BAO : Relation between redshift, Hubble constant and radial

From this link https://en.wikipedia.org/wiki/Baryon_acoustic_oscillations#Measured_observables_of_dark_energy , I can't get this relation :

$$c\Delta z = H(z)\Delta \chi\quad\quad(1)$$

with $$z$$ redshift, $$H(z)$$ Hubble constant at redshift = $$z$$ and $$\chi$$ radial coordinates.

One starts from angle of object $$\Delta \theta$$ which is equal to the ration :

$$\Delta\theta = \dfrac{\Delta\chi}{\text{d}_{a}(z)}\quad\quad(2)$$

with $$\text{d}_{a}(z)$$ the angular diameter distance at redshift=$$z$$.

It is indicated also on this page the relation for angular diameter distance $$\text{d}_a(z)$$:

$$\text{d}_a(z)\propto \int_{0}^{z}\dfrac{\text{d}z'}{H(z')}\quad\quad(3)$$

Actually, I know that $$\text{d}_a(z)$$ is expressed as a function of cosmological horizon $$\text{d}_{h}(z)$$ and redshift $$z$$ like this :

$$\text{d}_{a}=\dfrac{\text{d}_{h}(z)}{1+z}\quad\quad(4)$$

with $$\text{d}_{h}(z)=c\int_{0}^{z}\dfrac{\text{d}z}{H(z)}\quad\quad(5)$$

So from $$eq(5)$$, what I can only write is (by considering a little $$\Delta$$ and a curvature parameter $$\Omega_{k}=0$$) :

$$c\Delta z=\text{d}_{h}(z)H(z)\quad\quad(6)$$

Now, taking the expression of $$\text{d}_{h}(z)$$ into $$eq(6)$$ :

$$c\Delta z=\text{d}_{a}(z)(1+z)H(z)\quad\quad(7)$$

Then :

$$c\Delta z=\dfrac{\Delta\chi}{\Delta\theta}(1+z)H(z)\quad\quad(8)$$

As you can see in $$eq(8)$$, this is not the same form as in $$eq(1)$$.

How can I make disappear the factor $$(1+z) /\Delta\theta$$ in order to have simply for the right member : $$H(z)\Delta \chi$$ instead of $$\dfrac{\Delta\chi}{\Delta\theta}(1+z)H(z)$$ into $$eq(8)$$ ?

$$\Delta\chi$$ represents for me the variation $$\Delta$$ of radial coordinate, doesn't it ?

CORRECTION 1 :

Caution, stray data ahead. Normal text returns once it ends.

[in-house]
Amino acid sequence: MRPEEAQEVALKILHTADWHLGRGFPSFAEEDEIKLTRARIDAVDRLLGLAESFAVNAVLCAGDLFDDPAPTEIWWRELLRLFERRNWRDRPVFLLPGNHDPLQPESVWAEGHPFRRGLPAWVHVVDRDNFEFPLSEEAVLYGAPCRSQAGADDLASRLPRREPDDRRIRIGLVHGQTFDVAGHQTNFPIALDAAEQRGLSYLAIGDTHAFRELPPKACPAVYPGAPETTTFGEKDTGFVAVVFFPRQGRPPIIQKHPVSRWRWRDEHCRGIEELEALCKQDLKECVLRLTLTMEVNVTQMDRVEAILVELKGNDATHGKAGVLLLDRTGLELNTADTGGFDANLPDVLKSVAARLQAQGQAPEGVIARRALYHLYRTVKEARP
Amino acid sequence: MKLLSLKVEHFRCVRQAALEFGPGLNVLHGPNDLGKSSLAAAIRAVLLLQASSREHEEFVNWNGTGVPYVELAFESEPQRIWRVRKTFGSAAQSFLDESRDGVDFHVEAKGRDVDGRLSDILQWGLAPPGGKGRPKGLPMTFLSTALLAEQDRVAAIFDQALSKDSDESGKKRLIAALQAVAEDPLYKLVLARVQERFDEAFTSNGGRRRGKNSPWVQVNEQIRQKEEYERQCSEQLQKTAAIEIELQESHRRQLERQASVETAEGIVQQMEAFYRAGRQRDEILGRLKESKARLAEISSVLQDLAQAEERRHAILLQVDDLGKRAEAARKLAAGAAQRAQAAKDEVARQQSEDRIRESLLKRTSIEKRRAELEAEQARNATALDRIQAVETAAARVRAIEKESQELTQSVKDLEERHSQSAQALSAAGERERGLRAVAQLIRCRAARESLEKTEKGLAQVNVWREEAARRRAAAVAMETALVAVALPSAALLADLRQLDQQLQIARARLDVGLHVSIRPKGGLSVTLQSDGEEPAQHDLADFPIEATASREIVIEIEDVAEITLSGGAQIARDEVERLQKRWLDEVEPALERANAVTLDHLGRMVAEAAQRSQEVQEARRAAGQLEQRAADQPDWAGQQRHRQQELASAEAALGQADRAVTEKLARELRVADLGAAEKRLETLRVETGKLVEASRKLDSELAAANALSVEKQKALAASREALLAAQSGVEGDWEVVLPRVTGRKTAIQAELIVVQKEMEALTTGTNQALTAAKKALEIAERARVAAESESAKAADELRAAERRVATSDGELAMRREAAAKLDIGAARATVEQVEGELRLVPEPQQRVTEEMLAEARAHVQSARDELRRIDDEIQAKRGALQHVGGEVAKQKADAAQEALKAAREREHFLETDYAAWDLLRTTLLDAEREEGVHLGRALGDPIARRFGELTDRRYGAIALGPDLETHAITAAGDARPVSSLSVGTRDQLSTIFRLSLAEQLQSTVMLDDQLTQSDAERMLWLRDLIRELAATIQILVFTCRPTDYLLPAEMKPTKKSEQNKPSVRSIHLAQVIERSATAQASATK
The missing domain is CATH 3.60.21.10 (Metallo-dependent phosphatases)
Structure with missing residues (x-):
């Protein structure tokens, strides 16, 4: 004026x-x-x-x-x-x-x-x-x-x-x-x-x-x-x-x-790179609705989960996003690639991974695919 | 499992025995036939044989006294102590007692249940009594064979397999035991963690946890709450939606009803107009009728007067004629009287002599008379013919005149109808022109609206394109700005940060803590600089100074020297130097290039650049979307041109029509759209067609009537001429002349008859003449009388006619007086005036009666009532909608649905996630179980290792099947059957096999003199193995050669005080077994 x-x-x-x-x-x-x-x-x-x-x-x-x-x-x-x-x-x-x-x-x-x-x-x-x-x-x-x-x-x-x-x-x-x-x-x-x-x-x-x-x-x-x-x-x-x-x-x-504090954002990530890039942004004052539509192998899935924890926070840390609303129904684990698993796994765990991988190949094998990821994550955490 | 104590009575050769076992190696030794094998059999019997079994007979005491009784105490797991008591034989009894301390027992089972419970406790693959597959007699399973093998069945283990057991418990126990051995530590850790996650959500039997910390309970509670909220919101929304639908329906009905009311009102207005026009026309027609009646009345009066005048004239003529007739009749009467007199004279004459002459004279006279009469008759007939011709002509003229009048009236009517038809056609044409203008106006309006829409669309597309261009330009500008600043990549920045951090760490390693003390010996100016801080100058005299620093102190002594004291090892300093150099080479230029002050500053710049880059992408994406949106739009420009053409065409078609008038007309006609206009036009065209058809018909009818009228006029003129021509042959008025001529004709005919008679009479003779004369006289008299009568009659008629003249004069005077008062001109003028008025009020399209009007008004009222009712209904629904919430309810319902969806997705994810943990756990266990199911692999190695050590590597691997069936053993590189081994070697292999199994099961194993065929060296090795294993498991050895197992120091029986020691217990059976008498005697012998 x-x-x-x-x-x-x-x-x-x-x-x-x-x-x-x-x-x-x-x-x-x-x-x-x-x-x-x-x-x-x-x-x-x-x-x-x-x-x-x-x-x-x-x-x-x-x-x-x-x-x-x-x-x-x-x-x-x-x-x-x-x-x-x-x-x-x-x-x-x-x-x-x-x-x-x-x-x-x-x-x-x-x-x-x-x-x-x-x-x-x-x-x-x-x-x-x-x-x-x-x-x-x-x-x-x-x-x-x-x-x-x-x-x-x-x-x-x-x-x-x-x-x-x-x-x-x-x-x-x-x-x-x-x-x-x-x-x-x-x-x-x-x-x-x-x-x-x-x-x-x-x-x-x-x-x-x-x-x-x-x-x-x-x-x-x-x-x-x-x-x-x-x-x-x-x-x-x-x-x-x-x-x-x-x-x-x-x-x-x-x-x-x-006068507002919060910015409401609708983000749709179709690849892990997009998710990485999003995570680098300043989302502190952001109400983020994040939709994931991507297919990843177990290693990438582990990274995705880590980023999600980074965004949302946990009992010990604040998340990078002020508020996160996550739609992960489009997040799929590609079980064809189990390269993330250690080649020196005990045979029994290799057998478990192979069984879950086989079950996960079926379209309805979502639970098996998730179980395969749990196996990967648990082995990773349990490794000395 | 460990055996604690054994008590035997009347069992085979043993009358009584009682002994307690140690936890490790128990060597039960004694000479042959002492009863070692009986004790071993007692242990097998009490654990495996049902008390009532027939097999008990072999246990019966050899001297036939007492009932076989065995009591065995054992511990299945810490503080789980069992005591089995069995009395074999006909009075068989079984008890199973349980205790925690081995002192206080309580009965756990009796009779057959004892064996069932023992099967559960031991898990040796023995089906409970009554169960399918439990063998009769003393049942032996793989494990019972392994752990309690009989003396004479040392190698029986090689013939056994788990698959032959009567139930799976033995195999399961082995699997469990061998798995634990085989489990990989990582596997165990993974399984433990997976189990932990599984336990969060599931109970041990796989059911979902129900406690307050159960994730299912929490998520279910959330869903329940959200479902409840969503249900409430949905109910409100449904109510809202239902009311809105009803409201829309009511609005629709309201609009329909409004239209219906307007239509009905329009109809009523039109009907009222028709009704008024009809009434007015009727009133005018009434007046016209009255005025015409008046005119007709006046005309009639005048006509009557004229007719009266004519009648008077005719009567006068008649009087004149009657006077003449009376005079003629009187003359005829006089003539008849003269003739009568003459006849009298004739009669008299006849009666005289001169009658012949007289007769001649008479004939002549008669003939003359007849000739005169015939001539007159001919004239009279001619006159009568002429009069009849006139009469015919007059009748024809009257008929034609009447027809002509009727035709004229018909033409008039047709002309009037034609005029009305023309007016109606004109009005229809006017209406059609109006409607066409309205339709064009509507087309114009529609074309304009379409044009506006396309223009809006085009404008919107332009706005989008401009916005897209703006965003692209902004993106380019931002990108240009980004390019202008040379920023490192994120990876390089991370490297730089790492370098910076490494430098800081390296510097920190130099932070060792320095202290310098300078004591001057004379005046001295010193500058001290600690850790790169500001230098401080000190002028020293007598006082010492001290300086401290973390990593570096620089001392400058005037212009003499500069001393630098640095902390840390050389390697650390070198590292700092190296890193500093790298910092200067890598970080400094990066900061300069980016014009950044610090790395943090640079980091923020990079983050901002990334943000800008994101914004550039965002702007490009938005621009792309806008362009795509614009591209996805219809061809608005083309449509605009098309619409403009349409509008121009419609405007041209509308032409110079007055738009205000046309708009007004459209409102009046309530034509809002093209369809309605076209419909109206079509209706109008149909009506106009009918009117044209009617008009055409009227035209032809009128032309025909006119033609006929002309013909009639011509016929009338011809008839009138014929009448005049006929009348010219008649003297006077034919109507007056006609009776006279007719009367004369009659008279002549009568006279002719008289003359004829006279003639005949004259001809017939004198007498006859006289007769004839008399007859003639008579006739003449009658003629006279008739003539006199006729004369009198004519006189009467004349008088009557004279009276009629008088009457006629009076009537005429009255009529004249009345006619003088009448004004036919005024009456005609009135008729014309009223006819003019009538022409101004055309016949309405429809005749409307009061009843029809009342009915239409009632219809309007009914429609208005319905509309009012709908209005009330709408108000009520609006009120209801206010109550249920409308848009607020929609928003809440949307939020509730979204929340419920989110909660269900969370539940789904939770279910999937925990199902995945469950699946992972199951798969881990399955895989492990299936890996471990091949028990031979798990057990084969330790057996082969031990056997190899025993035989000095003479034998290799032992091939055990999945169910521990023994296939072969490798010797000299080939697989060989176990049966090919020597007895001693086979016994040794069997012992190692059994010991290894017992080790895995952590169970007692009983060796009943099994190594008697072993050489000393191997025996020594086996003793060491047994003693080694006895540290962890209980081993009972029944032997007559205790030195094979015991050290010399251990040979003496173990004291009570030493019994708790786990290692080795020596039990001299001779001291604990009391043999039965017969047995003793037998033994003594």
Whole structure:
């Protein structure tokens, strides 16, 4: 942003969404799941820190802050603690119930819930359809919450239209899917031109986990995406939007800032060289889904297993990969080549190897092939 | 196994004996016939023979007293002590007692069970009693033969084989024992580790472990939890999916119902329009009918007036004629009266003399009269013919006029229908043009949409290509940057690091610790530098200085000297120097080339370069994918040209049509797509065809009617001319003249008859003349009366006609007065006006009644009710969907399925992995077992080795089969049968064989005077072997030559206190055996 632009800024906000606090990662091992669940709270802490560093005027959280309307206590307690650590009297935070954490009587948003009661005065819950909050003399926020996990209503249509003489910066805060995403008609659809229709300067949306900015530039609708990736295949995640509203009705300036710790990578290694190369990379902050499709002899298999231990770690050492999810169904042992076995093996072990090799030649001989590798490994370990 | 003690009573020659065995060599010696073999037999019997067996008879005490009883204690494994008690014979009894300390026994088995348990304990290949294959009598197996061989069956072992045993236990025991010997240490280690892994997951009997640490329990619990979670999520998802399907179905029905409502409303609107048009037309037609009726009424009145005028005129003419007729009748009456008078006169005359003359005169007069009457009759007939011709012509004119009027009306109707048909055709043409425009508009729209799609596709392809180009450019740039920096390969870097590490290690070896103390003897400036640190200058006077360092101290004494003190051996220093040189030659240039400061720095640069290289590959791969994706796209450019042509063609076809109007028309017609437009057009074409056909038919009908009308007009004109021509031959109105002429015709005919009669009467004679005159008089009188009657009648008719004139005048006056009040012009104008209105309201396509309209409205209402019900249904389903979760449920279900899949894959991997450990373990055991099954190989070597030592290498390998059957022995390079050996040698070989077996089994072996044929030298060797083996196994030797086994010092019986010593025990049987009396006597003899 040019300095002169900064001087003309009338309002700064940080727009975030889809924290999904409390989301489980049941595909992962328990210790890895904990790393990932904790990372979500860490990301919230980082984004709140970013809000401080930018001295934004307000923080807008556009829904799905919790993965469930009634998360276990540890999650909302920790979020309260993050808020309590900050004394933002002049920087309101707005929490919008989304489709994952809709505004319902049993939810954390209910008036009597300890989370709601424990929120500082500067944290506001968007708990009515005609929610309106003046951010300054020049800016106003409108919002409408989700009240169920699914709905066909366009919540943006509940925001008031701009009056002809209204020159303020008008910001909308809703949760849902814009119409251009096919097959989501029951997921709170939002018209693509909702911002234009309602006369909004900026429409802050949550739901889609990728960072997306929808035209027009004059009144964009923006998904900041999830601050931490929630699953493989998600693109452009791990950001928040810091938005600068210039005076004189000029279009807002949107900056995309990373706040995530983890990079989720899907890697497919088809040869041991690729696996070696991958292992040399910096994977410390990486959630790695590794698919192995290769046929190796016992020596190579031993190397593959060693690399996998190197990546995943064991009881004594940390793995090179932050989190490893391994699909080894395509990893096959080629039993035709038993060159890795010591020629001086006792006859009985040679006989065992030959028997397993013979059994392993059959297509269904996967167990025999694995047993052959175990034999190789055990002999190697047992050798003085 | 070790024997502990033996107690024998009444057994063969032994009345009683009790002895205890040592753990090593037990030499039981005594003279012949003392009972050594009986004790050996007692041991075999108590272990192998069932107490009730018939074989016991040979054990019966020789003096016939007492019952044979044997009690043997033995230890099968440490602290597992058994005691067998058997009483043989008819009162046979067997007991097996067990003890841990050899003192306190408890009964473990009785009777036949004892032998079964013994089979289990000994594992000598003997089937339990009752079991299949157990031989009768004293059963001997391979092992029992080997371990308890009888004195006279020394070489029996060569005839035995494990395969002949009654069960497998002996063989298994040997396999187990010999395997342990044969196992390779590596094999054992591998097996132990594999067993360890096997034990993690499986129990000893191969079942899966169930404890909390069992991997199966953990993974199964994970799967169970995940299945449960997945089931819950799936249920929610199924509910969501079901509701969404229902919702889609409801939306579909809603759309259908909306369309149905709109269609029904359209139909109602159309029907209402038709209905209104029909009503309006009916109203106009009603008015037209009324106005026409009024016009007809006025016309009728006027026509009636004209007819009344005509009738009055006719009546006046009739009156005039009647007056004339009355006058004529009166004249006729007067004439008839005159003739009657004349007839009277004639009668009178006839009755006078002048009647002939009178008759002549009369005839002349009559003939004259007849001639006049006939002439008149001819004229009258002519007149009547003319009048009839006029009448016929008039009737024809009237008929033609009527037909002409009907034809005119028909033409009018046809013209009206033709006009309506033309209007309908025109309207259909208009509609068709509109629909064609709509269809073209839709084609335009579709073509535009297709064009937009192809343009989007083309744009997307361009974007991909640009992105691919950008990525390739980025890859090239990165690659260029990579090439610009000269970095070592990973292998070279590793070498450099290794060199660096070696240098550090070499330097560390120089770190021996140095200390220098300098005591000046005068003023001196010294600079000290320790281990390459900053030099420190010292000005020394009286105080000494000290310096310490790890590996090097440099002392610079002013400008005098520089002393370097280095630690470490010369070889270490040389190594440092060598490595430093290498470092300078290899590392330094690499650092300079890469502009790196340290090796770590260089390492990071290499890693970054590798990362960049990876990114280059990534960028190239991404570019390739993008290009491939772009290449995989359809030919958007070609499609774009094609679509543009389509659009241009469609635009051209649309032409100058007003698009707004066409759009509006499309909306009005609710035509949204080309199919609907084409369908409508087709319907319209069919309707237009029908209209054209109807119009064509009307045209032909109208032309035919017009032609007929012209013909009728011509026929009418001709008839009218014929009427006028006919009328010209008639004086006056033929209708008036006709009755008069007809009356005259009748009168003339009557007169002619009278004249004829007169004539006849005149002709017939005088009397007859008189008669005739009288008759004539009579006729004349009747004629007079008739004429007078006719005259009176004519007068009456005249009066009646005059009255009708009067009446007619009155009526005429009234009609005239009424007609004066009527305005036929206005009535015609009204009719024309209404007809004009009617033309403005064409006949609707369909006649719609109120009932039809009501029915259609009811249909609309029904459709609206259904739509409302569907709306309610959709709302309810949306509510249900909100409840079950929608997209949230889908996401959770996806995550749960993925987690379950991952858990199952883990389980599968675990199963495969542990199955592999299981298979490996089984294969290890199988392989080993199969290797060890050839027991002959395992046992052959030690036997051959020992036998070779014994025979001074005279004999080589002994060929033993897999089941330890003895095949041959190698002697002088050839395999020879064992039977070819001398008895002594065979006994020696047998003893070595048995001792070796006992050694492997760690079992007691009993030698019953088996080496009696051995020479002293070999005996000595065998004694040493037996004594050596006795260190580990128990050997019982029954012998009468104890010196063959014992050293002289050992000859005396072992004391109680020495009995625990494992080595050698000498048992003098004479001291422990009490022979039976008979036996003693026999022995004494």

As suggested by Michelle Grosso, the eq(3) is not the definition of for angular diameter distance $$\text{d}_{a}(z)$$ but the definition of radial coordinate :

$$\chi = \int_{0}^{z}\dfrac{c\text{d}t}{R(t)}$$

Taking $$\text{d}t=\dfrac{\text{d}t}{\text{d}z} dz$$ with $$1+z=\dfrac{R_{0}}{R(t)}$$, so we get :

$$\dfrac{\text{d}z}{\text{d}t} = -\dfrac{R_{0}\,\dot{R(t)}}{R(t)^2} = -H(z)(1+z)$$

$$\Longrightarrow\quad \dfrac{\text{d}t}{\text{d}z} = -\dfrac{1}{(H(z)(1+z)}$$

$$\Longrightarrow\quad \chi = \int_{0}^{z}\dfrac{c\text{d}z}{(1+z)\,R(t)\,H(z)}$$

$$\chi = \int_{0}^{z}\dfrac{c\,\text{d}z}{R_{0}\,H(z)}$$

we have finally :

$$c\Delta z = H(z)\,R_{0}\,\Delta\chi\quad\quad(1)$$

Is is a better calculus ?

The angular diameter distance is defined as $$d_A = \Delta S / \Delta \theta$$ where $$\Delta S$$ is the proper transverse size of an object at redshift $$z$$ and $$\Delta \theta$$ is its observed angular diameter.

Eq(2) is not correct as you posted as proper transverse size $$\Delta \chi$$, which is instead the variation of the radial coordinate.

Eq(1) can be worked out via the RW (Robertson-Walker) metric written as
$$ds^2 = -dt^2 +a^2(t) R_0^2 [d\chi^2 + S_k^2(\chi) d\Omega^2]$$
where:
$$c = G = 1$$ natural units
$$a(t)$$ scale factor (dimensionless)
$$R_0$$ radius of the universe as today $$(t = t_0)$$
$$\chi$$ radial coordinate
$$S_k(\chi) =$$
$$sin(\chi), k = 1$$ positive curvature (closed universe)
$$\chi, k = 0$$ no curvature (flat universe)
$$sinh(\chi), k = -1$$ negative curvature (open universe)
$$d\Omega^2 = d\theta^2 + sin^2\theta d\phi^2$$ metric on the two-sphere
Today $$a(t) = a(t_0) = a_0 = 1$$

On a null geodesic (photon), chosen radial for convenience we have
$$0 = ds^2 = -dt^2 + a^2 R_0^2 d\chi^2$$
$$d\chi = R_0^{-1} \frac{dt}{a} = R_0^{-1} \frac{da}{a^2 H(a)}$$
where:
$$H = \dot a / a = (da/dt) / a$$ Hubble parameter

Converting the scale factor to redshift via $$a = 1 / (1 + z)$$ we have
$$d\chi = R_0^{-1} \frac{dz}{H(z)}$$
This is your eq(1). Just note that I used a dimensionless radial coordinate $$\chi$$.

Note: Eq(3) is not the angular diameter distance. It is the radial coordinate distance.